A Tale Of Two Governors

February 28, 2005
Print
Text Size:
A A

The sharply differing backgrounds of Michigan's and California's governors seem to dictate their radically different approaches to the two states' mounting problems.

Jennifer Granholm has spent much of her adult life in government, dependent on the public treasury for her livelihood. Arnold Schwarzenegger, by contrast, entered government only after making millions in one of the most competitive businesses on earth.

And the difference in their approaches sticks out like a very sore thumb.

In a meeting late last month with California newspaper editors, the Governator put it succinctly. He wants taxes cut. He says — and he's right — that history shows tax increases not only stall business growth but also deepen government deficits. The reason? Government inherently strives to spend more than it exacts from the public.

"Ve got to starve this monster," he told an audience of astounded journalists. And he apparently intends to take that battle right to the people over the heads of the rest of the government.

By contrast, Granholm seems to believe tweaking existing taxation and deepening government debt will improve employment.

We can only ask, "How?"

It's not as if Lansing has ignored business. The state spends heavily on public works. It funds a scurrying Michigan Economic Development Corp. It has created Smart Zones, Renaissance Zones, and brownfield legislation — a panoply of incentives and spending targeted at what it guesses and hopes will be the economic waves of the future.

Yet since December 1995, Michigan has placed 50th out of the 50 states in percentage of employment growth. In its percentage of per-capita income growth over roughly the same period, Michigan placed 43rd. It was the only state to lose a large number of jobs in 2004, and it currently leads the nation in unemployment.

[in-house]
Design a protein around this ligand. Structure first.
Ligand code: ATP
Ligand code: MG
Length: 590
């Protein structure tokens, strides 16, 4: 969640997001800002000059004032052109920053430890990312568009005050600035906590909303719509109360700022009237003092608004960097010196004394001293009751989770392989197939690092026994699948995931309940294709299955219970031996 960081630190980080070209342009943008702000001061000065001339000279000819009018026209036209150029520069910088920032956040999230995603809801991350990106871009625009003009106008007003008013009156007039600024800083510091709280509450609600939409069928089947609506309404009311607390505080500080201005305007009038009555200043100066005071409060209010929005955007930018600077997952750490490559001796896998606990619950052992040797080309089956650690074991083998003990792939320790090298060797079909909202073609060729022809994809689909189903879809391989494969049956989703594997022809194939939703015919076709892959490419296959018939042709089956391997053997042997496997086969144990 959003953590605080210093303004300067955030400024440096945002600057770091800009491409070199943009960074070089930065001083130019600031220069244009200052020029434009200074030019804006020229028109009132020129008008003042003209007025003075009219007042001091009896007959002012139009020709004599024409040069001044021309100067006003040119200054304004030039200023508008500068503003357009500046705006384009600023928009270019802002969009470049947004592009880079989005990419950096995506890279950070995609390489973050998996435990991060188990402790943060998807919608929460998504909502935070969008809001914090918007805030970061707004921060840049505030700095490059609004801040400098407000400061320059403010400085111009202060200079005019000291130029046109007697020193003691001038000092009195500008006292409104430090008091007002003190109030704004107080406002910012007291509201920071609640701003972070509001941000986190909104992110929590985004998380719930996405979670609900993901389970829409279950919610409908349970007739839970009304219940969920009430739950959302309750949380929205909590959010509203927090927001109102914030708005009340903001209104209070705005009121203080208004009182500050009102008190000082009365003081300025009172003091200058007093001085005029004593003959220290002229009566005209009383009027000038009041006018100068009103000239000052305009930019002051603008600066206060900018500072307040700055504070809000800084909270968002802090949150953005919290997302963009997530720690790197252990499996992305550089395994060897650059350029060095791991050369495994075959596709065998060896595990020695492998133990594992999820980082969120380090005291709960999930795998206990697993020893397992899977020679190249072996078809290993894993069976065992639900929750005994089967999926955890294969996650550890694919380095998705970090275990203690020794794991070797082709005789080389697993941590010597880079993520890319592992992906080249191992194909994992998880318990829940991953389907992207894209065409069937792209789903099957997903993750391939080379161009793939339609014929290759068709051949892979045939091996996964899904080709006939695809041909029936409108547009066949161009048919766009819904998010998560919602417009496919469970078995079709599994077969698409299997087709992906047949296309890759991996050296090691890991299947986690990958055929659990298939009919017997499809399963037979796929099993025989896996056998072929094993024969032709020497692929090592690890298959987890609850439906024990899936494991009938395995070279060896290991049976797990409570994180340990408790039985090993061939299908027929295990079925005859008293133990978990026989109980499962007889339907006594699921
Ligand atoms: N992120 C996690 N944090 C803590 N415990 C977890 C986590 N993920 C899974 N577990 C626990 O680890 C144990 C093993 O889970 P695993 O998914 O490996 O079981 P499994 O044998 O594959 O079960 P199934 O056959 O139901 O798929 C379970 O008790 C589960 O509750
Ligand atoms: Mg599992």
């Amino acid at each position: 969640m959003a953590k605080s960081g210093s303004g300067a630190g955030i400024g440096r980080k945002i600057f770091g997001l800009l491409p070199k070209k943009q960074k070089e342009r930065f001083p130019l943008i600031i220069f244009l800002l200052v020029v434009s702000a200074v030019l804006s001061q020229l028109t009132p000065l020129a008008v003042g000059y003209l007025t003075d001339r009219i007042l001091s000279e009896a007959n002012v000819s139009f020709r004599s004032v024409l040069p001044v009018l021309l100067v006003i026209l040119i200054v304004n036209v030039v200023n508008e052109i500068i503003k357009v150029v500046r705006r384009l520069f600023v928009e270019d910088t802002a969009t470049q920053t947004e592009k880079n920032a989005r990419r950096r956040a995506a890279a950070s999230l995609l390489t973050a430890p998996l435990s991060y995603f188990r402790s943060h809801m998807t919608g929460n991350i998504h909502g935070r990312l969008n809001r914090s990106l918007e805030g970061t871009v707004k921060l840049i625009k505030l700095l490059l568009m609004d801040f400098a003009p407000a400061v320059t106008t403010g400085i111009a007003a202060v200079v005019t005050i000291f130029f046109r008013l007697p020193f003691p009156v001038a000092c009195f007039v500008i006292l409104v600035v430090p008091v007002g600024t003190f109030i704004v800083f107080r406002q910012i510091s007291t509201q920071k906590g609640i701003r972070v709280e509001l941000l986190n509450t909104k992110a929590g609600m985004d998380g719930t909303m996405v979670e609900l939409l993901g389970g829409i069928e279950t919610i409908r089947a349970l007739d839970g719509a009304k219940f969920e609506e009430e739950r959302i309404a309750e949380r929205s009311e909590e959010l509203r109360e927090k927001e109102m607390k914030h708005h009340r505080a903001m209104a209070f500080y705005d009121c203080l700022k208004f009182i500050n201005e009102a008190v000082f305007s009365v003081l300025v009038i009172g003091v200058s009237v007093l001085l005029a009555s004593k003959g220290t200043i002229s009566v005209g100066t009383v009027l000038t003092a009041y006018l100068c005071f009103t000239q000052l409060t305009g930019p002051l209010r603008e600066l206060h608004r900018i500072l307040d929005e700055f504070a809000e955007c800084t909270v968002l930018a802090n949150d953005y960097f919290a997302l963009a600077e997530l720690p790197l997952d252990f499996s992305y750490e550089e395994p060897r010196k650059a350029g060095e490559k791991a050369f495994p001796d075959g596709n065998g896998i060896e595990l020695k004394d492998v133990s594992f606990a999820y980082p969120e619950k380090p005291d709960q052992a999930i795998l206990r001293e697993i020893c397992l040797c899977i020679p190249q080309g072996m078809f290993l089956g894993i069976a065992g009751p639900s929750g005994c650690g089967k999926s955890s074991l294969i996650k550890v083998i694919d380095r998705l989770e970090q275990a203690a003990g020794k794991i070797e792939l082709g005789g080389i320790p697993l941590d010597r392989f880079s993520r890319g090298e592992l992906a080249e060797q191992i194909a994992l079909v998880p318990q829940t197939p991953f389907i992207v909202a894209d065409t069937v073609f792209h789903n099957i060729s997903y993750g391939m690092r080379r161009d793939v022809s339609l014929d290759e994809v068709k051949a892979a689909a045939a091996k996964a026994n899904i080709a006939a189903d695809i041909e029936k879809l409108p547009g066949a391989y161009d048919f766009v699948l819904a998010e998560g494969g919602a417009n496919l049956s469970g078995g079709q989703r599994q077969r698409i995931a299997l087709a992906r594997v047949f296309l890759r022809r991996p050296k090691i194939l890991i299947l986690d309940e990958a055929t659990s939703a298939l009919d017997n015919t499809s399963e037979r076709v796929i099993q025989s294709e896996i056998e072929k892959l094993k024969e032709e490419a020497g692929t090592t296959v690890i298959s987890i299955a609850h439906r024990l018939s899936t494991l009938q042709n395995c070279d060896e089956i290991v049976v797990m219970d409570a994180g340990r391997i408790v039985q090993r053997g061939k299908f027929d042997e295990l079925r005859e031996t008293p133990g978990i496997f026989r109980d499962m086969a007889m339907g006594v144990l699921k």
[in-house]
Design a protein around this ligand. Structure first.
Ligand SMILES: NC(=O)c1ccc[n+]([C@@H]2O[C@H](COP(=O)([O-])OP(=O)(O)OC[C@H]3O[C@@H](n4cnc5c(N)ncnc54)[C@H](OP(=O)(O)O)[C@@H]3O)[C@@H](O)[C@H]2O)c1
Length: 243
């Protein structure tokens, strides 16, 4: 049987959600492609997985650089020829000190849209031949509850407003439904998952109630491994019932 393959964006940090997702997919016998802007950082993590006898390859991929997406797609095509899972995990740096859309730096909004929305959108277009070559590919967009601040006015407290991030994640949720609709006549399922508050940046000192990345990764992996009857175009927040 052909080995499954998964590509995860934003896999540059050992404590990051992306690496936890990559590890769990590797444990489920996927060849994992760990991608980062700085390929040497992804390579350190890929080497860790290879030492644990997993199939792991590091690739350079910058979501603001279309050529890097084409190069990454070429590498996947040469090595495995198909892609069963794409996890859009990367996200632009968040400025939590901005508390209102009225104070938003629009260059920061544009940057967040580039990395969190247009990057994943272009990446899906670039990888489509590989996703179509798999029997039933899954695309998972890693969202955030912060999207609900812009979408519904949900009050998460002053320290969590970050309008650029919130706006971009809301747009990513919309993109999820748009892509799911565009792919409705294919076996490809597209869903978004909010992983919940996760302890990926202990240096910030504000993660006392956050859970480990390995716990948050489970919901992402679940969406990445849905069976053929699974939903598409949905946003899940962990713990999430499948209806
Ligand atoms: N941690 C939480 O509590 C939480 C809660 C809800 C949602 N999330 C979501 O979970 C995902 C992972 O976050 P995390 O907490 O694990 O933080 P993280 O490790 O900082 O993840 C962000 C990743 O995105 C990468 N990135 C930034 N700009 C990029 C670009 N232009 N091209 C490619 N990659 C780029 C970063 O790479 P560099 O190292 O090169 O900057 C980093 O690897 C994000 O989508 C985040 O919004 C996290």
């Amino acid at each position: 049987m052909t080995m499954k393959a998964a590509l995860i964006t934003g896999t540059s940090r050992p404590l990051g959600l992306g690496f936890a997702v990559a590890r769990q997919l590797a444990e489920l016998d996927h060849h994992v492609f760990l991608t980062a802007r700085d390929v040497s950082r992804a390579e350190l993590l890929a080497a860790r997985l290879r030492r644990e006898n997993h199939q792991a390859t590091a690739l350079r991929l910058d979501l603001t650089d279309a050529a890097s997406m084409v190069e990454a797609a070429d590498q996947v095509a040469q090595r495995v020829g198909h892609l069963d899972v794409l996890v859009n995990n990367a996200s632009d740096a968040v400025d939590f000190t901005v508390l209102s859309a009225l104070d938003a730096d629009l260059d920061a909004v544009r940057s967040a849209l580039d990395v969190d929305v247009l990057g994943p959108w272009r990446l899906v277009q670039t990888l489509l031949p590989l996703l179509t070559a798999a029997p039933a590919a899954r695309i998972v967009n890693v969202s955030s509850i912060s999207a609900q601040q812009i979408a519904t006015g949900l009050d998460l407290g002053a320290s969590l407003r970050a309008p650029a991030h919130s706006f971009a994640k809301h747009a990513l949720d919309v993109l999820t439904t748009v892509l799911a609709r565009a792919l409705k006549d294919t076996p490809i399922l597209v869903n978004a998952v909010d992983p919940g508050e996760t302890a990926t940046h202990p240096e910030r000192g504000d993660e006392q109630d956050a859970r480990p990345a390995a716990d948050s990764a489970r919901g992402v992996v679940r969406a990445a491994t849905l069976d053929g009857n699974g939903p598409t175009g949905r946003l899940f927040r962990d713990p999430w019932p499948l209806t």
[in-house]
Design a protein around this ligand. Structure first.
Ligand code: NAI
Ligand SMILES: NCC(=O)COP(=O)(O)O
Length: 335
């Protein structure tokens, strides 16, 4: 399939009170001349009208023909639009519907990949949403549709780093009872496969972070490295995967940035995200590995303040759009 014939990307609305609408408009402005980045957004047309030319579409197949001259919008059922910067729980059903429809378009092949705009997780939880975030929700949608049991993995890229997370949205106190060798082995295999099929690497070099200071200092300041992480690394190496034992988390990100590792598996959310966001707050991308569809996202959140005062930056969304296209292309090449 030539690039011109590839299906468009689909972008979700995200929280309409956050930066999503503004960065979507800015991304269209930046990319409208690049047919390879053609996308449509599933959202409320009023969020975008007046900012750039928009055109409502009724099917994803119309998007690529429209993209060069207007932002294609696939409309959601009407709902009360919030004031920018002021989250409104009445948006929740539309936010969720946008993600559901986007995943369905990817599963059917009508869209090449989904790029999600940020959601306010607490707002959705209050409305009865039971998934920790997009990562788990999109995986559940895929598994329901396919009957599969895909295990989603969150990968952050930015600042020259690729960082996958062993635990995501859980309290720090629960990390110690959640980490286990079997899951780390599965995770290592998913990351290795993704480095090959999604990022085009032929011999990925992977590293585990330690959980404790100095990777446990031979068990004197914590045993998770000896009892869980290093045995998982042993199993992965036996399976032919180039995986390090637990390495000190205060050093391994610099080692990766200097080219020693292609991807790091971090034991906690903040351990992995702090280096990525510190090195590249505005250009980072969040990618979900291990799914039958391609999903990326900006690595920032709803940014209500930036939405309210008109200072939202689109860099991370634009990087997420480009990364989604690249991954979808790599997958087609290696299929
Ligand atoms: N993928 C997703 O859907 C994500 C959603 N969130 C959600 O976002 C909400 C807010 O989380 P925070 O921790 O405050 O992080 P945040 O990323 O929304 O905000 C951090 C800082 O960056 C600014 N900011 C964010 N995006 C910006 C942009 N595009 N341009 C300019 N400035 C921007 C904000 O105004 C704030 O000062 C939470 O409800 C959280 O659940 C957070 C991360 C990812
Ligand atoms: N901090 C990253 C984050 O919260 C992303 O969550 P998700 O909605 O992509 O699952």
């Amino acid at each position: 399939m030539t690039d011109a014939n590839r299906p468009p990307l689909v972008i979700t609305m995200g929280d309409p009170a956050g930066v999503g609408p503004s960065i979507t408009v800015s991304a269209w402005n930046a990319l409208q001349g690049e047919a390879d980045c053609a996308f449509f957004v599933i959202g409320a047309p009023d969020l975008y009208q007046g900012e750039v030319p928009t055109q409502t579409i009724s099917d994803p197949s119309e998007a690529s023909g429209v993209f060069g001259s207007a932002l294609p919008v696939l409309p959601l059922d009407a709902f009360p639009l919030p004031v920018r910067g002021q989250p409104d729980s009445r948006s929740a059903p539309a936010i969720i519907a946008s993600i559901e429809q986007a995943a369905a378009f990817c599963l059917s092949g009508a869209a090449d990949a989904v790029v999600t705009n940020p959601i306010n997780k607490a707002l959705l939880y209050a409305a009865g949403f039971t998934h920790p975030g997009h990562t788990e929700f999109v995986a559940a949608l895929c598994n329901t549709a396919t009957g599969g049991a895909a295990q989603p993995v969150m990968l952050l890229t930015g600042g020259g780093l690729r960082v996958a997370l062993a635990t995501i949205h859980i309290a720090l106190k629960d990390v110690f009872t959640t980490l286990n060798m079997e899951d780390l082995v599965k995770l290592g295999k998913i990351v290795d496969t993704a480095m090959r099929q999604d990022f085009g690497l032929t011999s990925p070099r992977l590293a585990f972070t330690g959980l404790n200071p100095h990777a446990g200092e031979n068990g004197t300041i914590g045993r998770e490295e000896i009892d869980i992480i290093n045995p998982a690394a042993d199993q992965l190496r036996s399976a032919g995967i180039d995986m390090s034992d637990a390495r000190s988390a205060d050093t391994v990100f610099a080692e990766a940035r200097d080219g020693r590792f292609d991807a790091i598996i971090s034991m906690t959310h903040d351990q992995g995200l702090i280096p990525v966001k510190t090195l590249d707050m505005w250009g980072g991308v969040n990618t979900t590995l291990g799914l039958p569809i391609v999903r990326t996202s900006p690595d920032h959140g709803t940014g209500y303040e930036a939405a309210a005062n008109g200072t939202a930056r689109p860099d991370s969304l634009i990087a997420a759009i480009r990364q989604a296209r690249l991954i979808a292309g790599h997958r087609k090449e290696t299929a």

Obviously, something's defeating Lansing's economic programs. Michigan leads the nation in unemployment — not economic growth.

Perhaps the heart of the matter lies in an analysis by James R. Hines Jr., a professor of economics at the University of Michigan. His research disclosed that during the last quarter of the old century, Michigan's corporate taxes averaged 50 percent higher than those of other states as a percentage of gross state product.

How's that for a competitive disadvantage?

Apparently forgetting the maxim that if you want to destroy something, tax it, the Legislature created the Single Business Tax as a levy on jobs, not profits. The reason? To guarantee Lansing's revenue stream regardless of the ups and downs of the private sector. The thinking was that, in bad times, citizens and businesses might sacrifice. But not Lansing.

Lansing's top priority, transparently, is neither a healthy economy nor high employment.

To be sure, everybody in the state capitol favors a healthy economy.

But what Lansing really wants is minimal interruptions in the revenue stream that guarantees government officials' comfortable incomes, Rolls-Royce insurance, routine pay hikes and ultra-early pensions — not to mention stay-on positions at the trough for term-limited officials as lobbyists or political appointees.

That kind of collective public sector greed is Michigan's version of the California monster about which the Governator spoke.

Lansing is feeding the monster and scratching its ears and brushing its coat.

The economy? That comes second.    

Editor's Picks

Comments powered by Disqus